October 25, 2018
To compete with increasing demands around speed and reliability, many software developers have moved toward new DevOps techniques of continuous development, testing and delivery. This translates to improved performance for businesses. But it’s not without challenges. To fully exploit the opportunities that short development cycles present, companies must understand the process and the technology that supports it.
Software development used to be a simple but lengthy process, traditionally known as a “waterfall”. Requirements were gathered by analysts, developers wrote code, the testing team tested it, developers corrected it and it finally was released by the implementation team. There were no automation tools, and each group worked autonomously at each stage in the process. In the end, the waterfall could take months or more.
Such large-scale, “big bang” releases are no longer acceptable. Change happens too fast, and companies can’t afford downtime, even if it’s just a few hours.
In today’s market, agile software teams need rapid feedback to respond to market demands and eliminate problems quickly. Continuous deployment is a software development practice in which every code change goes through the pipeline (integration, delivery, testing and deployment) before it is automatically put into production.
To achieve this, new DevOps methodologies break down the different teams and remove step-by-step processes from the development lifecycle. They also automate testing throughout development. The result is instant feedback, with automated test scripts verifying every change along the way.
Another important DevOps aspect is the adoption of “containerization,” meaning the ability to pack multiple applications into a single software container. This reduces implementation time, while also assuring quality because the software for delivery and deployment is given the availability of self-contained software for rapid delivery and deployment. Container-based software environments can be quickly replicated, template-ized and prepared for production deployments so clients can reap the benefits of their software much earlier.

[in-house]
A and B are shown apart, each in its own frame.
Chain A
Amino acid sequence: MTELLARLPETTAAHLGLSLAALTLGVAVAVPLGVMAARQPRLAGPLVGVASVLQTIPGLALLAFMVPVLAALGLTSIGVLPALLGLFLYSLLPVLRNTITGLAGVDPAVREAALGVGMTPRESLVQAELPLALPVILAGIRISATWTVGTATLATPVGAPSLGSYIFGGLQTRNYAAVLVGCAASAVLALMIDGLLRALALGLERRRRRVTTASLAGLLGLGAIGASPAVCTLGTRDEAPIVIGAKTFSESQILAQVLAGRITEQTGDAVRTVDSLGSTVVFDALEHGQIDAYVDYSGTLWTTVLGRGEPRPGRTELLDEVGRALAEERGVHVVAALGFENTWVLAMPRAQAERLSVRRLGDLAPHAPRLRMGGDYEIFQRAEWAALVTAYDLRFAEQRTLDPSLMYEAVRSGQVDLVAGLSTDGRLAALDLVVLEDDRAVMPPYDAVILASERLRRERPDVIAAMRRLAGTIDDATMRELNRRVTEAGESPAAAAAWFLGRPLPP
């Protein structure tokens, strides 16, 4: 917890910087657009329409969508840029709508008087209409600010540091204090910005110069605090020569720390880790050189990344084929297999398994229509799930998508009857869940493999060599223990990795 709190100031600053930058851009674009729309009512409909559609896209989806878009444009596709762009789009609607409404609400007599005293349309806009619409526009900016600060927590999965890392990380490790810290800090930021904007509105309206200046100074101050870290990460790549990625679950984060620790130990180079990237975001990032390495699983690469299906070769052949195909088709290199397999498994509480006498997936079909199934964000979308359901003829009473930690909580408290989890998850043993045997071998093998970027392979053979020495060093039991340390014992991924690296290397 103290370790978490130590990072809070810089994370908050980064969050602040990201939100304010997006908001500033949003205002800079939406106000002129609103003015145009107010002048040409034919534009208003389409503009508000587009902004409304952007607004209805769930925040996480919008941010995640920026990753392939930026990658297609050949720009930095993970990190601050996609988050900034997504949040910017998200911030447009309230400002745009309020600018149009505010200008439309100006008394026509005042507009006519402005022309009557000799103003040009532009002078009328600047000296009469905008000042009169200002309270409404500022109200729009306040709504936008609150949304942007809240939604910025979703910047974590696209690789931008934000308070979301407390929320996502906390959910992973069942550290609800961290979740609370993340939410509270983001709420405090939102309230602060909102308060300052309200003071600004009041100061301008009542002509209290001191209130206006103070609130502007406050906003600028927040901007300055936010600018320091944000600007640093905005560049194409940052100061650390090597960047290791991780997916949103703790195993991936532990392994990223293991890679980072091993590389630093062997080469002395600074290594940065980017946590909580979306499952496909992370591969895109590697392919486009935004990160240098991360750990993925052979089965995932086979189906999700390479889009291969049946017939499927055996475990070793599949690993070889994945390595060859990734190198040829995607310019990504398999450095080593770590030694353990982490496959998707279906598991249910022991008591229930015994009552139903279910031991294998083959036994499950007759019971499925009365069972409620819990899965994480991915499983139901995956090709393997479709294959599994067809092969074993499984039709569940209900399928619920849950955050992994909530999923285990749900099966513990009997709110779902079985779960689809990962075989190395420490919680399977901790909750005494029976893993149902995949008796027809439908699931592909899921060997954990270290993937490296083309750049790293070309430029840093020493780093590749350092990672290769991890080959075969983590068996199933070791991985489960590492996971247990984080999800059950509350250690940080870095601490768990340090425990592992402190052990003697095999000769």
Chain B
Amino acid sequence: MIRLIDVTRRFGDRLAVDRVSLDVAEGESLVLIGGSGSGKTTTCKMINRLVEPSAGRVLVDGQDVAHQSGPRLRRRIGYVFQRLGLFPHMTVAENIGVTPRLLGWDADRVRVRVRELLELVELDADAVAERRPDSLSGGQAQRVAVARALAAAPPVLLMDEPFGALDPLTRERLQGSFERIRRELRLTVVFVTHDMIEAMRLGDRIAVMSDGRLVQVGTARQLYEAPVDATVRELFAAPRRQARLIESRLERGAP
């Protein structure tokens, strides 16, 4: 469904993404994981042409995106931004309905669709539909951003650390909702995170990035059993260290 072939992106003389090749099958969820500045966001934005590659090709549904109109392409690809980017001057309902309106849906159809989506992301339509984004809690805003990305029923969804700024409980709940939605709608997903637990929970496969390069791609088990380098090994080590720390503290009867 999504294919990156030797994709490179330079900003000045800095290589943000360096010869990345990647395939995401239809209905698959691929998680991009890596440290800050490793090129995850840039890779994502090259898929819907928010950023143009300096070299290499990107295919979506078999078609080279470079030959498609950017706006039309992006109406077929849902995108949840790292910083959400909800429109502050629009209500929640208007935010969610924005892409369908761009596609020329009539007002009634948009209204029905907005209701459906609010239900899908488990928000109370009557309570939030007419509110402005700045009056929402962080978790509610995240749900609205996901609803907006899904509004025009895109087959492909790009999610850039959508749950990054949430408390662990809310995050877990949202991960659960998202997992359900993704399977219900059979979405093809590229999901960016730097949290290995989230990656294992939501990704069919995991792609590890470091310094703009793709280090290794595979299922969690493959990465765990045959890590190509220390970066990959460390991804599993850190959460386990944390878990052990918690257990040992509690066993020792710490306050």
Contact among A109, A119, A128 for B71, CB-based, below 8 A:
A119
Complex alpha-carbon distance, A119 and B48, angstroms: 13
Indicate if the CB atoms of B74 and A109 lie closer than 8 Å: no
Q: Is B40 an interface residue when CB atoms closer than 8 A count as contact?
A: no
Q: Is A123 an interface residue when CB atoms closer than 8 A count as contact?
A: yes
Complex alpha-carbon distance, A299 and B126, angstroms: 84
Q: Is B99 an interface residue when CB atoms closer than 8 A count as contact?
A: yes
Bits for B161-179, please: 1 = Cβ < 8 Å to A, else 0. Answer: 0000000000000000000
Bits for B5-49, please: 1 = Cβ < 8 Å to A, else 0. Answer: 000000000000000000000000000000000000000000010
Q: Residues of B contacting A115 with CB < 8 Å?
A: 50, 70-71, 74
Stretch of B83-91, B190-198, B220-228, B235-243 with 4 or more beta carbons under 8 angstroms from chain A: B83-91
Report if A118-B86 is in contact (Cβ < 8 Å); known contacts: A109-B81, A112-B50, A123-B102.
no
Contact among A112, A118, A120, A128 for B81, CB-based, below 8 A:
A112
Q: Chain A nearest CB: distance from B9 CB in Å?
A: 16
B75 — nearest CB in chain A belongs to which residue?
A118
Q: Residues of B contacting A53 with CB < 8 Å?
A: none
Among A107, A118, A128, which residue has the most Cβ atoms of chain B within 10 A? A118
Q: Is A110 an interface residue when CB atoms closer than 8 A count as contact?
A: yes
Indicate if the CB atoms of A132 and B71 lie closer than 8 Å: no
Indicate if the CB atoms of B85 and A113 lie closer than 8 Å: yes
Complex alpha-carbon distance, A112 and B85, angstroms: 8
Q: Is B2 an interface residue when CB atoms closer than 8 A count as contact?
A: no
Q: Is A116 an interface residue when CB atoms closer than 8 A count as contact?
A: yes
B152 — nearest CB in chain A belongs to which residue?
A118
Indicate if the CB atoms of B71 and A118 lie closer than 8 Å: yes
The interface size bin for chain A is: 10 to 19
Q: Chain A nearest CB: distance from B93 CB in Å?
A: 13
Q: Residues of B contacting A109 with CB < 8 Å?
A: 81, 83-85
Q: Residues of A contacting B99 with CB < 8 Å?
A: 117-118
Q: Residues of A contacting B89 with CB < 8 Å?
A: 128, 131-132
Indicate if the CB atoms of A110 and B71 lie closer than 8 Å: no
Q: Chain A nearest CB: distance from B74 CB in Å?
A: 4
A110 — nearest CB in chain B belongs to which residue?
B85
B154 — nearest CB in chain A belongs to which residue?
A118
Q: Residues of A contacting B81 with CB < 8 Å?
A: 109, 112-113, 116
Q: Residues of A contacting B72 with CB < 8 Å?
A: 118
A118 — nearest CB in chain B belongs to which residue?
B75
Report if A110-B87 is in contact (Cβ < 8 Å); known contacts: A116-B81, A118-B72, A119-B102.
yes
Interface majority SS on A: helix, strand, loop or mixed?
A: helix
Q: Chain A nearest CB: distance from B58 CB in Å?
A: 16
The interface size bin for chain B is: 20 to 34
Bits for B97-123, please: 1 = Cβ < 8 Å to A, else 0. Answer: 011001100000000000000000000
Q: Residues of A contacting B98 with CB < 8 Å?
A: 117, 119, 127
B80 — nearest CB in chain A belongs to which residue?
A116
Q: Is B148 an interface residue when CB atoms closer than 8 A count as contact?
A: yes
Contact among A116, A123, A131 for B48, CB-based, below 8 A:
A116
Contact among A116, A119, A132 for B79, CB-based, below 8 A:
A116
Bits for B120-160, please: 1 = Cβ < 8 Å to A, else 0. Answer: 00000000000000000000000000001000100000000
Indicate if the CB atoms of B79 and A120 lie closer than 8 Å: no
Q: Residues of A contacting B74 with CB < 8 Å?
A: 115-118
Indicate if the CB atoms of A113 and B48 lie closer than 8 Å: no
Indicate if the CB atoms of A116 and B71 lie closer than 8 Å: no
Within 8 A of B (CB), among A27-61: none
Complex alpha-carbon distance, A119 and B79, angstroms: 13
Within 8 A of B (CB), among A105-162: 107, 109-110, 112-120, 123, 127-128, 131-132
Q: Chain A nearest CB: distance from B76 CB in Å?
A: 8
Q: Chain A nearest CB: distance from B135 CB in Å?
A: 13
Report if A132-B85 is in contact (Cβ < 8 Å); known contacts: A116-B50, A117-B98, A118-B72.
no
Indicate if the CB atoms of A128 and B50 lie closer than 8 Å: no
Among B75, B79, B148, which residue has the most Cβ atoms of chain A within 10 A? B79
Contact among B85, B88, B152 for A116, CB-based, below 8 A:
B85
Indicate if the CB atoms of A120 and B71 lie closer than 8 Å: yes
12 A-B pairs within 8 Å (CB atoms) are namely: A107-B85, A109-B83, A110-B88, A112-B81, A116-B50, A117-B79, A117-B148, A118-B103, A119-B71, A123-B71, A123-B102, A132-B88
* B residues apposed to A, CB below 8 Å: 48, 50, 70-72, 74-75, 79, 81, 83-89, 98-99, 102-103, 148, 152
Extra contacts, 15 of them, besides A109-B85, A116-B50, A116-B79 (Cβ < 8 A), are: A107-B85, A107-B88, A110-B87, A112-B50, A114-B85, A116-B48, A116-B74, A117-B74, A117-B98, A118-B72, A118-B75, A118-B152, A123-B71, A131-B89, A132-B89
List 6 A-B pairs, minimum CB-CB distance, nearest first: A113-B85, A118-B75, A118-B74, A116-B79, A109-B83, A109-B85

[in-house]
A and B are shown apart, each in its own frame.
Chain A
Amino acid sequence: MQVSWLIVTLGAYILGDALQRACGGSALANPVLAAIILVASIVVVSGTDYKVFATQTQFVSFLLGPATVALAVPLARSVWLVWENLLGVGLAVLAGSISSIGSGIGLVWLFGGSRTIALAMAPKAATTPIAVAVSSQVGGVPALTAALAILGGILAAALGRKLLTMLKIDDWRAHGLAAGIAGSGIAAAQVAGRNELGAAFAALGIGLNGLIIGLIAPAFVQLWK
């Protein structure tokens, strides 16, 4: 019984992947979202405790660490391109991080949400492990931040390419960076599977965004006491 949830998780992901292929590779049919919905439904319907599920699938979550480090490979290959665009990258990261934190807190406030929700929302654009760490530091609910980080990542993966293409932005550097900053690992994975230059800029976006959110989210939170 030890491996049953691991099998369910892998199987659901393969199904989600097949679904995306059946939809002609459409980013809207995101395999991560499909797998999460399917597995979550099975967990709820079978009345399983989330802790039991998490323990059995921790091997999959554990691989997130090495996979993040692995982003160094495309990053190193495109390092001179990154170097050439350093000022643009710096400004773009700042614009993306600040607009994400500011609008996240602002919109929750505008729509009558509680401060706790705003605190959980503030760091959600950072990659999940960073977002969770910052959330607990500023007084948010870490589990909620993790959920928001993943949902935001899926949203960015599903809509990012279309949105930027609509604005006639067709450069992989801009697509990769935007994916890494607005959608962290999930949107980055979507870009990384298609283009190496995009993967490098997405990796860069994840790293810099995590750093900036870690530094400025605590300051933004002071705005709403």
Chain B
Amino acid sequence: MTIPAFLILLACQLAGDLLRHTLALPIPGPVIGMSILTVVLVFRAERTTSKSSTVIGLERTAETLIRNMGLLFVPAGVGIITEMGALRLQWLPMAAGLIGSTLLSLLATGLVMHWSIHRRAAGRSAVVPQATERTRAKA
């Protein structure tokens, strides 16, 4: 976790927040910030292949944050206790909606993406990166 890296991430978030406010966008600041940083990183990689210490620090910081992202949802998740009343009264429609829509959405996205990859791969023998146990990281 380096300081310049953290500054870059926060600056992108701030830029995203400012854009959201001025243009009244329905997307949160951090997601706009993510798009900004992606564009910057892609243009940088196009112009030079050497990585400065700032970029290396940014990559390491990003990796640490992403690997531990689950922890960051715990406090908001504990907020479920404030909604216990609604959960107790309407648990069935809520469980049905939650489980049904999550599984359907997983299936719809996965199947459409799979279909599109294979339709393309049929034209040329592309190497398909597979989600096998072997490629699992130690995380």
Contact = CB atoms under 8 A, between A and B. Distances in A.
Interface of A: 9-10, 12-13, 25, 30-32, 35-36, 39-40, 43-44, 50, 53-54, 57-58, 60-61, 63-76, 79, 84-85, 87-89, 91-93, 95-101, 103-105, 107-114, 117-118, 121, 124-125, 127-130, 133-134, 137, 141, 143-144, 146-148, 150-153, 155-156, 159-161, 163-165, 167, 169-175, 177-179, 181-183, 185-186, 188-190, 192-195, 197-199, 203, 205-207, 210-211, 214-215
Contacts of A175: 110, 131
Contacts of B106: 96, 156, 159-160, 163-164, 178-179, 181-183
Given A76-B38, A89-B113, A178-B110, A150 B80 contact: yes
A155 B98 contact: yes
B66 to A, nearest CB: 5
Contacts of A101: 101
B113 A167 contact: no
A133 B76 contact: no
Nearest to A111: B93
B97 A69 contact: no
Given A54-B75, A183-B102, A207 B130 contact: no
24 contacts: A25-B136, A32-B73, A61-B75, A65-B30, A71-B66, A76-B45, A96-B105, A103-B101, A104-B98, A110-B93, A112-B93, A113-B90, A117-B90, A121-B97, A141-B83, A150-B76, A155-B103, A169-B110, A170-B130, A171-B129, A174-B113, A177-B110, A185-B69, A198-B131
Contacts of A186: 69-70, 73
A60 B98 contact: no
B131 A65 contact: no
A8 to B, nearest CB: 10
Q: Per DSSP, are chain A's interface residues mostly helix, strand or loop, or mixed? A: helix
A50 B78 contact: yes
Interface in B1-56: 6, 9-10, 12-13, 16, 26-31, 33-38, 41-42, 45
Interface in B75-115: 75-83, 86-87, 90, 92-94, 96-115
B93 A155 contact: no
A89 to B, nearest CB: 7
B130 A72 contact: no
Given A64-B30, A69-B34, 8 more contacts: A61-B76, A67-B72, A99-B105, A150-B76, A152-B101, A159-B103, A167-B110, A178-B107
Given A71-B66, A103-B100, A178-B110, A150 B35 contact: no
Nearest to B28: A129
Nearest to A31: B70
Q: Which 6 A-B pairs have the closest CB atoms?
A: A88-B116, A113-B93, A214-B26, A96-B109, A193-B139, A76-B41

The use of containerization also sets up easy cloud adoption for reaping benefits such as fault tolerance across multiple region deployment teams, scaling resources up or down, and competitive costs by better infrastructure utilization. Adopting cloud deployment means big improvements in scalability, cost-benefit and fault tolerance across multiple regions.
By automating the development and testing cycles with the adoption of frameworks and tools, the quality of the software developed increases as the inherent code quality gets better due to multiple quality gates before the code is propagated to live environments. This leads to increased application reliability, availability, resilience characteristics and continuous improvement.
Software releases are no longer spaced far apart. In fact, multiple micro-releases can be made daily to better respond to client and market needs. The use of multiple small software updates released in hours or days means that there are no last-minute additions to requirements as was common when releases were months apart. Market requirements change quickly so these can be accommodated through changes more quickly and effectively, isolated from impact on other areas.
With shorter development cycles and the availability of containerized software that can be shared across the enterprise, the groundwork is set for rapid delivery and continuous innovation. Automated test cases make everything predictable and repeatable generating more confidence with clients. With collaborative and feedback-based development, clients can see new products working earlier. Continuous deployment leads to faster innovation, reduced speed to market, customer-centricity, and overall better software quality.
Head Of Development, Division Executive
Barbara Morgan is an accomplished information technology executive leader skilled in delivering complex solutions and driving organizational change.